Flights, farmers and food

Our government’s greed for ever more air travel could come back to bite them

A wave of farmers’ protests has swept across Europe in recent months. Tractors blocked high streets and highways, united under the slogan of No farmers, no food”. But it was another of their banners that caught my eye: Flights over food”. That was the slogan held above a convoy of 60 tractors gathered outside Cork Airport last month. So what does air travel have to do with farmers?

While the motivations of Europe’s protesting farmers are wide ranging, including tough economic conditions and issues with local taxes and regulations, a unifying complaint has been the EU’s Green Deal climate policies. A particular source of ire has been its measures to cut fertiliser and pesticide use, but other important climate measures have also been in the firing line, including tree-planting rules. In Wales, farmers have objected to a proposal which will replace EU policy, which will require them to increase the amount land they dedicate to trees and wildlife habitat from current levels up to 20%. Some farmers argue that these measures are damaging to their livelihoods – although in the Welsh case, the government has gone to great lengths to listen to farmers and address their needs.

The protests are not without their contradictions: the protestors rail against climate-saving measures while the climate crisis itself squeezes the productivity of farming in the UK and across Europe. They’ve also drawn out political contradictions: Rishi Sunak attended a protest with a fringe group of Welsh farming protestors while simultaneously decrying other forms of peaceful protest as mob rule”. Given Sunak himself holds the keys to ensuring farmers are properly compensated for their stewardship of the land (even in Wales), the protestors’ ire seemed somewhat misdirected. Yet, when a group of Irish farmers rolled their tractors up outside Cork Airport with their Flights over food” banner, I found myself sympathising with the their frustration over a different contradiction.

Cork’s farmers saw it as unfair that the EU’s Green Deal meant they were asked to take a hit” for the climate, when the airport next door was slated for a free pass to expand its capacity from 3 million passengers to 5 million. Welsh farmers chose to direct their frustration at the Senedd, but might also have driven an hour east to the gates of Bristol Airport. The airport has been given permission for an expansion which will cause climate damage equivalent to putting over 100,000 new cars on the road.

Tractors blocked high streets and highways, united under the slogan of​“No farmers, no food”. But it was another of their banners that caught my eye:​“Flights over food”.”

While elements of the no farmers, no food” campaign have been captured by right-wing and reactionary groups peddling conspiracy theories, these groups are playing on genuine concerns. In the UK, farm income varies hugely across types and sizes of farm but, particularly among smaller operations, many farms are not particularly profitable. The extent to which climate policy represents a threat to the profitability of farms is a topic of heated debate, but there is a genuine risk posed to farmers from poorly thought-out climate interventions.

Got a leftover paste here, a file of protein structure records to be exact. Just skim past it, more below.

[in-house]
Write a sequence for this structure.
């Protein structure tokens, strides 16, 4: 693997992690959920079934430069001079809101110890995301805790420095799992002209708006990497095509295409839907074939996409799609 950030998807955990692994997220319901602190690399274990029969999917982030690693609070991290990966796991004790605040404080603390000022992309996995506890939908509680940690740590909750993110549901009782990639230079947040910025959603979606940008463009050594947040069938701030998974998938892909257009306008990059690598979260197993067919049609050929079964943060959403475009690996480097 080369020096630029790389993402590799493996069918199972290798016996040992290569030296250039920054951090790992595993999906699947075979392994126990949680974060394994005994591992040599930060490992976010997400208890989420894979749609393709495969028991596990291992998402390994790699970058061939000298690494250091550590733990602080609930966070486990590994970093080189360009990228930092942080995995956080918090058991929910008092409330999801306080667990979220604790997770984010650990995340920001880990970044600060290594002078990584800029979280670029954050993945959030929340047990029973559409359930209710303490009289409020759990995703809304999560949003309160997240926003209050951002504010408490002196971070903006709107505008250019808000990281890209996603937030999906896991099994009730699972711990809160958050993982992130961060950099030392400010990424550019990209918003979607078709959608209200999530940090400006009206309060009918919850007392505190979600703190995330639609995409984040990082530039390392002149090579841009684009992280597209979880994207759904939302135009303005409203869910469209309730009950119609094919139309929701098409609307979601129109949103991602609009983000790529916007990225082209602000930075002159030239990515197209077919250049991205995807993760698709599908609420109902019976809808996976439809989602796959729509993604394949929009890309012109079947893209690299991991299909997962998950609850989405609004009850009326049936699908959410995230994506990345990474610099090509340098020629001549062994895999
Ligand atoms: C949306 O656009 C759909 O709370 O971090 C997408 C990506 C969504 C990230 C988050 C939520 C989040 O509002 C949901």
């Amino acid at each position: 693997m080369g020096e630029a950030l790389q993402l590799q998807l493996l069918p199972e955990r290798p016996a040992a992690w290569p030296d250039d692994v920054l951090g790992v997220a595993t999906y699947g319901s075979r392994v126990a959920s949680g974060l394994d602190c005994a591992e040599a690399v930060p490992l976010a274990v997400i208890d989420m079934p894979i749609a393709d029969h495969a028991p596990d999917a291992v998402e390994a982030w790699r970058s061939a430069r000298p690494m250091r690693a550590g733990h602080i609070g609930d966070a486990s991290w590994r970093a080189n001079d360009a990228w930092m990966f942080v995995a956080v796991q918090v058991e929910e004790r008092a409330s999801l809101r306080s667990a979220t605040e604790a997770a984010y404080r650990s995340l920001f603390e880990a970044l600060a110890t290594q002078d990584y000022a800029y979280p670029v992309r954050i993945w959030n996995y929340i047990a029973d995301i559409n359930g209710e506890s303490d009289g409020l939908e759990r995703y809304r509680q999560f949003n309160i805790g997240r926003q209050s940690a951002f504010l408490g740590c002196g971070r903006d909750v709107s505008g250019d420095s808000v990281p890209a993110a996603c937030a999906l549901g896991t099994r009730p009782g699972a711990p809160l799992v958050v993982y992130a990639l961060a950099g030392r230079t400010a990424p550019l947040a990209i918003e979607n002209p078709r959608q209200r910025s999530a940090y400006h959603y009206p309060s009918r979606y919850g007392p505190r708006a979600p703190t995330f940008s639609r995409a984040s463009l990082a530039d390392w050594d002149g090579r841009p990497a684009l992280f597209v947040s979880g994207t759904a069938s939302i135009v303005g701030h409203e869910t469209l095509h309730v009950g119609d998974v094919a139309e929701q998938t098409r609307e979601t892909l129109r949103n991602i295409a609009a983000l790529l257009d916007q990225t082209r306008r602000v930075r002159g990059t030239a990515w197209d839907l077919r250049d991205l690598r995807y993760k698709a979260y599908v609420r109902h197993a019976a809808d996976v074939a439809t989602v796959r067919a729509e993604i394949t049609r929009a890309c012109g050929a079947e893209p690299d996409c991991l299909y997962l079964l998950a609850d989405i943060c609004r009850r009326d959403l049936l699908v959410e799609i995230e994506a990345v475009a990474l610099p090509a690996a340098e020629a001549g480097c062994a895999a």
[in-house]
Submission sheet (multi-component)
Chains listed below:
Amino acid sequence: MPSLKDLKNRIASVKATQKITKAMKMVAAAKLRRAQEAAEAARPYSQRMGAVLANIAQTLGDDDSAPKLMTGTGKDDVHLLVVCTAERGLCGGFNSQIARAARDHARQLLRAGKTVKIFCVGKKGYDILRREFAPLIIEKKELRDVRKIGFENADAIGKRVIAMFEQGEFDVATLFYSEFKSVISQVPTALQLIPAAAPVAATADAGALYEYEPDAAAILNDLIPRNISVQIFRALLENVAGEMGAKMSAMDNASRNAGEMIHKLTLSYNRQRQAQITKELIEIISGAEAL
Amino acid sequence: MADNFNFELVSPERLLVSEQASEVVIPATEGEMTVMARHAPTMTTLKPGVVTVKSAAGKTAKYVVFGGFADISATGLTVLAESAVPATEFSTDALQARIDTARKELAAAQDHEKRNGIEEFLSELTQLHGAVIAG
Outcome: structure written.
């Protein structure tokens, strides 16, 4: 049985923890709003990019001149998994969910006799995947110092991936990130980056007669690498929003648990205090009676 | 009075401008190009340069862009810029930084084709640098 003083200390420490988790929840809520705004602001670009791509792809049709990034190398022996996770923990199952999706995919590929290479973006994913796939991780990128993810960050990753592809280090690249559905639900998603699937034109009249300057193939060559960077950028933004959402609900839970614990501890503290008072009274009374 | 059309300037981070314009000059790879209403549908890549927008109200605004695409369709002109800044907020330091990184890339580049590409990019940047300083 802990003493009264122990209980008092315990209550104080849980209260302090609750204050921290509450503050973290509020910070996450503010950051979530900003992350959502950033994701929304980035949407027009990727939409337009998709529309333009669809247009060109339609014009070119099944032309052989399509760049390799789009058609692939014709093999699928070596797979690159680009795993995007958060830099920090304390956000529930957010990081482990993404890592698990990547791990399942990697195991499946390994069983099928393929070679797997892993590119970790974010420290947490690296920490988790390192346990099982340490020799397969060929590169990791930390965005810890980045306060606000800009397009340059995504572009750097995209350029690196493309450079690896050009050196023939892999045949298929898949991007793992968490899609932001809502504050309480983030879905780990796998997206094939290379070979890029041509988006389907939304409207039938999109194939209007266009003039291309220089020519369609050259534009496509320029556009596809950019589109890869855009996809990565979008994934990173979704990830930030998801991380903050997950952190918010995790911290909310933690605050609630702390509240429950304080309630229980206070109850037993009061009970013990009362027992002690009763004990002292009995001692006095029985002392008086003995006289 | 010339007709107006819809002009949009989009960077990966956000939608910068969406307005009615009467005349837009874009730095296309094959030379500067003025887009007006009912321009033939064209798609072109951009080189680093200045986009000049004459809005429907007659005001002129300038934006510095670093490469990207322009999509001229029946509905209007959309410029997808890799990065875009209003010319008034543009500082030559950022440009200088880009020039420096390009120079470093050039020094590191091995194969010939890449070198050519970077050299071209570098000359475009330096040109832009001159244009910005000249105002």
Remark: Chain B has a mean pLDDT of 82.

Our collective mission to slash carbon emissions to net zero will only be successful if power holders ensure that people on lower incomes — a group which does include some farmers — are not financially punished. Risk and potential loss of income should only fall on those with the broadest shoulders. The shift to a clean, green economy requires that the public buy into the national mission. But this buy-in will not just come from the actual fairness of climate policies themselves – which should be non-negotiable – but also through people perceiving or feeling that those policies are fair.

Across the UK, there are multiple proceedings ongoing to expand UK airports as much as possible, as fast as possible. These are, frankly, insulting to those most directly affected by the climate crisis – whether it’s those living in areas vulnerable to increased flooding, or farmers being asked to reduce emissions. The collective growth proposed at UK airports amounts to a mammoth increase in capacity, and therefore greenhouse gas emissions. Gatwick Airport’s proposed new runway would add 13 million passengers to its annual load, while recent applications from Luton and Stansted add 13 million and 8 million respectively.

Perhaps the most insulting expansion of the lot has been proposed by London City Airport, for 2.5 million extra passengers. Not only do City Airport’s smaller, less efficient planes, create more emissions per passenger, but they serve the wealthiest customer base of any major UK airport. The airport’s predominantly well-off customers take off from Newham, one of the most deprived local authorities in the UK. The proposed expansion will subject several hundred thousand local residents to more noise pollution for ever more hours of their day. A decision on the expansion is currently pending, but its approval would send the clearest signal yet that we are not all in this climate crisis together.

When the UK is ready for a serious national conversation about how it will cut its dangerous carbon emissions, many sectors and communities will be asked to embrace risk and change. Blowing our emissions budget on growing the UK’s many airports is a profligate waste – and one which risks fueling opposition to emissions reductions among communities that are key to the transition.

Image: iStock

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